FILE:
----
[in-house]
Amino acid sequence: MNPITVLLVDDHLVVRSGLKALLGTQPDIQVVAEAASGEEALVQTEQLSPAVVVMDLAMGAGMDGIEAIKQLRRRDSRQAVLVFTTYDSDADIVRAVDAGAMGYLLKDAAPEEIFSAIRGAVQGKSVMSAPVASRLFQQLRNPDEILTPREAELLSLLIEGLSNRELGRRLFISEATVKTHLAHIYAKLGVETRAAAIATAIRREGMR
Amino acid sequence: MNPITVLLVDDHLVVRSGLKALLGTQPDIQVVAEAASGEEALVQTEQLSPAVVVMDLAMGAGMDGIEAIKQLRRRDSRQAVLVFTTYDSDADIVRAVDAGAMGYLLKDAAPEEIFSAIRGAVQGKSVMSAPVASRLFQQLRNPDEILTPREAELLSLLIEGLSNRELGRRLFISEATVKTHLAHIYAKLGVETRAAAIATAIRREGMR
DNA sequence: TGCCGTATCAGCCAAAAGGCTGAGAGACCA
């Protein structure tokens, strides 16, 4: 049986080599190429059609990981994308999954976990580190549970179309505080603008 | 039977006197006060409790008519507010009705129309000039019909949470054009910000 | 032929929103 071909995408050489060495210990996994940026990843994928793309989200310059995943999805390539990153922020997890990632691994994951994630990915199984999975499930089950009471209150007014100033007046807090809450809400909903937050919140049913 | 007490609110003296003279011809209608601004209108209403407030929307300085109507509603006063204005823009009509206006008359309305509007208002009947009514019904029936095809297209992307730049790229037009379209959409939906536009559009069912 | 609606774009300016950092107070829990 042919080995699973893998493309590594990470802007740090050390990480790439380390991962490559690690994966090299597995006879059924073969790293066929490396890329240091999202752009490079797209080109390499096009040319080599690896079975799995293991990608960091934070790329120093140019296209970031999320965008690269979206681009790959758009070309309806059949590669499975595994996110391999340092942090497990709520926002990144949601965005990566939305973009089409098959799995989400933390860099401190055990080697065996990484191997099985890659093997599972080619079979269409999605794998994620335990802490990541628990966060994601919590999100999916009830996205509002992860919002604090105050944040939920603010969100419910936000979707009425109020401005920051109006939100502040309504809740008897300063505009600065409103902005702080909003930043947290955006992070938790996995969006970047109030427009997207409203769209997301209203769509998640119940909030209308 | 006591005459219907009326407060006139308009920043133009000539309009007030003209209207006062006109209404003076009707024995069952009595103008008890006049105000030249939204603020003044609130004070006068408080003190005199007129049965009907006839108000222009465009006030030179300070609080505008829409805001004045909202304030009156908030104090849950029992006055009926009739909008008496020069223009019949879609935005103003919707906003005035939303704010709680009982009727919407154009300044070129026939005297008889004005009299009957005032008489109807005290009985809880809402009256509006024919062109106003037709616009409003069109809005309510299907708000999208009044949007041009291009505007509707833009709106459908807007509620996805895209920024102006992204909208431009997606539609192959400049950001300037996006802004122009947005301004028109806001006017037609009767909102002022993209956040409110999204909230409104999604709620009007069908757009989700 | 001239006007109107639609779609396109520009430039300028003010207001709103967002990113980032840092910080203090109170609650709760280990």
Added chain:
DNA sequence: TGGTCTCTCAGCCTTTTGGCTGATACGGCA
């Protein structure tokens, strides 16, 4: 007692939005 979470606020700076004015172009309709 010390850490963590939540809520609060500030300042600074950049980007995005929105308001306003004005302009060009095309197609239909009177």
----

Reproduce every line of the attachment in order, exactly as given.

[in-house]
Amino acid sequence: MNPITVLLVDDHLVVRSGLKALLGTQPDIQVVAEAASGEEALVQTEQLSPAVVVMDLAMGAGMDGIEAIKQLRRRDSRQAVLVFTTYDSDADIVRAVDAGAMGYLLKDAAPEEIFSAIRGAVQGKSVMSAPVASRLFQQLRNPDEILTPREAELLSLLIEGLSNRELGRRLFISEATVKTHLAHIYAKLGVETRAAAIATAIRREGMR
Amino acid sequence: MNPITVLLVDDHLVVRSGLKALLGTQPDIQVVAEAASGEEALVQTEQLSPAVVVMDLAMGAGMDGIEAIKQLRRRDSRQAVLVFTTYDSDADIVRAVDAGAMGYLLKDAAPEEIFSAIRGAVQGKSVMSAPVASRLFQQLRNPDEILTPREAELLSLLIEGLSNRELGRRLFISEATVKTHLAHIYAKLGVETRAAAIATAIRREGMR
DNA sequence: TGCCGTATCAGCCAAAAGGCTGAGAGACCA
């Protein structure tokens, strides 16, 4: 049986080599190429059609990981994308999954976990580190549970179309505080603008 | 039977006197006060409790008519507010009705129309000039019909949470054009910000 | 032929929103 071909995408050489060495210990996994940026990843994928793309989200310059995943999805390539990153922020997890990632691994994951994630990915199984999975499930089950009471209150007014100033007046807090809450809400909903937050919140049913 | 007490609110003296003279011809209608601004209108209403407030929307300085109507509603006063204005823009009509206006008359309305509007208002009947009514019904029936095809297209992307730049790229037009379209959409939906536009559009069912 | 609606774009300016950092107070829990 042919080995699973893998493309590594990470802007740090050390990480790439380390991962490559690690994966090299597995006879059924073969790293066929490396890329240091999202752009490079797209080109390499096009040319080599690896079975799995293991990608960091934070790329120093140019296209970031999320965008690269979206681009790959758009070309309806059949590669499975595994996110391999340092942090497990709520926002990144949601965005990566939305973009089409098959799995989400933390860099401190055990080697065996990484191997099985890659093997599972080619079979269409999605794998994620335990802490990541628990966060994601919590999100999916009830996205509002992860919002604090105050944040939920603010969100419910936000979707009425109020401005920051109006939100502040309504809740008897300063505009600065409103902005702080909003930043947290955006992070938790996995969006970047109030427009997207409203769209997301209203769509998640119940909030209308 | 006591005459219907009326407060006139308009920043133009000539309009007030003209209207006062006109209404003076009707024995069952009595103008008890006049105000030249939204603020003044609130004070006068408080003190005199007129049965009907006839108000222009465009006030030179300070609080505008829409805001004045909202304030009156908030104090849950029992006055009926009739909008008496020069223009019949879609935005103003919707906003005035939303704010709680009982009727919407154009300044070129026939005297008889004005009299009957005032008489109807005290009985809880809402009256509006024919062109106003037709616009409003069109809005309510299907708000999208009044949007041009291009505007509707833009709106459908807007509620996805895209920024102006992204909208431009997606539609192959400049950001300037996006802004122009947005301004028109806001006017037609009767909102002022993209956040409110999204909230409104999604709620009007069908757009989700 | 001239006007109107639609779609396109520009430039300028003010207001709103967002990113980032840092910080203090109170609650709760280990």
Added chain:
DNA sequence: TGGTCTCTCAGCCTTTTGGCTGATACGGCA
């Protein structure tokens, strides 16, 4: 007692939005 979470606020700076004015172009309709 010390850490963590939540809520609060500030300042600074950049980007995005929105308001306003004005302009060009095309197609239909009177």